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For the last workday of the fall semester, volunteers removed a number of invasive woody plants, including:

  • Tree Tobacco (Nicotiana glauca)
    A flourishing Tree Tobacco -- it's no longer there!

    A flourishing Tree Tobacco – it’s no longer there! ©Nancy Hamlett

    This South American native was introduced to California about 100 years as a landscape plant. It produces the poisonous alkaloid anabasine and is very toxic to both humans and wildlife.

    Tree Tobacco is drought resistant, tolerates a wide range of conditions, and grows rapidly to form dense stands that displace native vegetation.

    At the BFS, Tree Tobacco plants are currently mostly along the fire roads and other disturbed areas, but we want to remove them before they spread.





  • Mexican Fan Palm (Washingtonia robusta)
    One of the Mexican Fan Palms that have popped up around the lake.

    One of the Mexican Fan Palms next to pHake Lake. ©Nancy Hamlett

    Mexican fan palms are native to central Mexico, but were introduced into the Los Angeles area as a ornamental, where they became iconic Los Angeles street trees. In the 1930s alone 40,000 Mexican Fan Palms were planted along 150 miles of streets in Los Angeles.

    Mexican Fan Palms reproduce by seed, which can be dispersed by droppings from bird that eat the palm fruits or spread by water along washes, streams, and storm drains. Mexican Fan Palms are especially invasive in riparian areas, where the palms can form monospecific stands that threaten biodiversity. The dead palm fronds can also pose a fire hazard.

    At the BFS, a number of these Mexican Fan Palms popped up around pHake Lake.


  • Bird-of-Paradise Shrub
    (Caesalpinia gilliesii)

    A Bird-of-Paradise Shrub growing in the 'Neck'.

    A Bird-of-Paradise Shrub growing in the ‘Neck’.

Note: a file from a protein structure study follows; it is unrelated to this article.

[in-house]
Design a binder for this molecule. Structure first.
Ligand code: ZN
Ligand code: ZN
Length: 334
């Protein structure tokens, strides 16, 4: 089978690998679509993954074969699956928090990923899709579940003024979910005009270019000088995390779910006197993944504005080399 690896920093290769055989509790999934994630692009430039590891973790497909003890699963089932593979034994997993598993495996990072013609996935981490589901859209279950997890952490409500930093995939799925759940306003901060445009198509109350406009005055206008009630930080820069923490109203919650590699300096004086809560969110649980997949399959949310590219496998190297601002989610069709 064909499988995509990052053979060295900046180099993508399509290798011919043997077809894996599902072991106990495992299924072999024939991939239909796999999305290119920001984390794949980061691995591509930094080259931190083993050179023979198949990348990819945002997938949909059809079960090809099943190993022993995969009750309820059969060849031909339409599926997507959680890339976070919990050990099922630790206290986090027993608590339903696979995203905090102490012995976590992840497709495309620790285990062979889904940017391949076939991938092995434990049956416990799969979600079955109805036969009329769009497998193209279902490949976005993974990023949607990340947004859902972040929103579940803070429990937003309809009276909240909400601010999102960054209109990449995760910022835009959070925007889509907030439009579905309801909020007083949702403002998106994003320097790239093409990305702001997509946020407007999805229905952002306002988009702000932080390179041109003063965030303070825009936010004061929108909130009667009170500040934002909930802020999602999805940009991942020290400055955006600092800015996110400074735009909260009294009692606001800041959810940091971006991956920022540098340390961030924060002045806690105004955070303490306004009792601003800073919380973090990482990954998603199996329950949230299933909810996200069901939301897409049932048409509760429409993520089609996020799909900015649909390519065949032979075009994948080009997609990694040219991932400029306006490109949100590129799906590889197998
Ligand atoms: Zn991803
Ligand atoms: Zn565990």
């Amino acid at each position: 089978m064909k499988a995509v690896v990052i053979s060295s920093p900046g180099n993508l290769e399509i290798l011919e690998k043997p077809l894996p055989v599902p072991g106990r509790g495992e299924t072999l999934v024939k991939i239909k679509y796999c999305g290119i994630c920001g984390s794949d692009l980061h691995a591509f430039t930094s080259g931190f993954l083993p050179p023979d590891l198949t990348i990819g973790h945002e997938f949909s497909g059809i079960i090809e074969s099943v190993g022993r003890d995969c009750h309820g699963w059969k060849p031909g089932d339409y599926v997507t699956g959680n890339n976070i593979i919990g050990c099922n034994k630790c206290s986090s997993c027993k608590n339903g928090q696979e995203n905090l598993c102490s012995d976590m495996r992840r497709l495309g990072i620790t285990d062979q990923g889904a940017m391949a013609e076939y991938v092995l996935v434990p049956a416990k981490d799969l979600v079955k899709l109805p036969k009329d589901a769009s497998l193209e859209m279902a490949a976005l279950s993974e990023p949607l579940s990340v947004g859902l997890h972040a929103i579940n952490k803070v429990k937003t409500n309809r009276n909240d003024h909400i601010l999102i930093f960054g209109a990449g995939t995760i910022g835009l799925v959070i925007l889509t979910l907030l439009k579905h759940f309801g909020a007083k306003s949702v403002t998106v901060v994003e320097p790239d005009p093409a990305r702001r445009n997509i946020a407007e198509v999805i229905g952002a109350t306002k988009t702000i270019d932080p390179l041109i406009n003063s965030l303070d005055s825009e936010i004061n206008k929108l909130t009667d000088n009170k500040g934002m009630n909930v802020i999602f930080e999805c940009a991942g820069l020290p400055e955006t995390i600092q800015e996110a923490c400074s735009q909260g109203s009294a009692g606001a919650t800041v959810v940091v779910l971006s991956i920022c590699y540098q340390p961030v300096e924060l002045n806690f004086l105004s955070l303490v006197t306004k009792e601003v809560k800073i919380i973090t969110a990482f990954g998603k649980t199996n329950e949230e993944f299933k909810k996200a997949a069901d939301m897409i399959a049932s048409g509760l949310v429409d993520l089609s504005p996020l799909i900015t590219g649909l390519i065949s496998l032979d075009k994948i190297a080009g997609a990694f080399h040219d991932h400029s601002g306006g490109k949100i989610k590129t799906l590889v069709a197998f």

The Bird-of-Paradise Shrub is native to Argentina and Uruguay, but has been widely planted around the world for its beautiful flowers. It tolerates dry conditions and invaded arid areas of the American southwest as well as South Africa, displacing native vegetation.

    At the BFS, seeds from plants in adjacent yards have been carried across the fire road, and new Bird-of-Paradise shrubs have started cropping up in the sage scrub, where we want to remove them while they’re still small.


The workday was very successful, and the volunteers removed every one of the Mexican Fan Palms, Tree Tobaccos, and Bird-of-Paradise shrubs that we have located. They also removed a few young Mexcian Palo Verde Trees and some horehound for good measure. Here are some photos of the volunteers at work:

Digging out Tree Tobacco.

Digging out Tree Tobacco. ©Nancy Hamlett


Searching for invading Bird-of-Paradise Shrubs in the Neck.

Searching for invading Bird-of-Paradise Shrubs in the Neck. ©Nancy Hamlett


Volunteers vs. palm tree -- the volunteers emerge victorious!

Volunteers vs. palm tree – volunteers emerge victorious! ©Nancy Hamlett

The next workday is scheduled for January 21 February 4 – we hope you can join us then!

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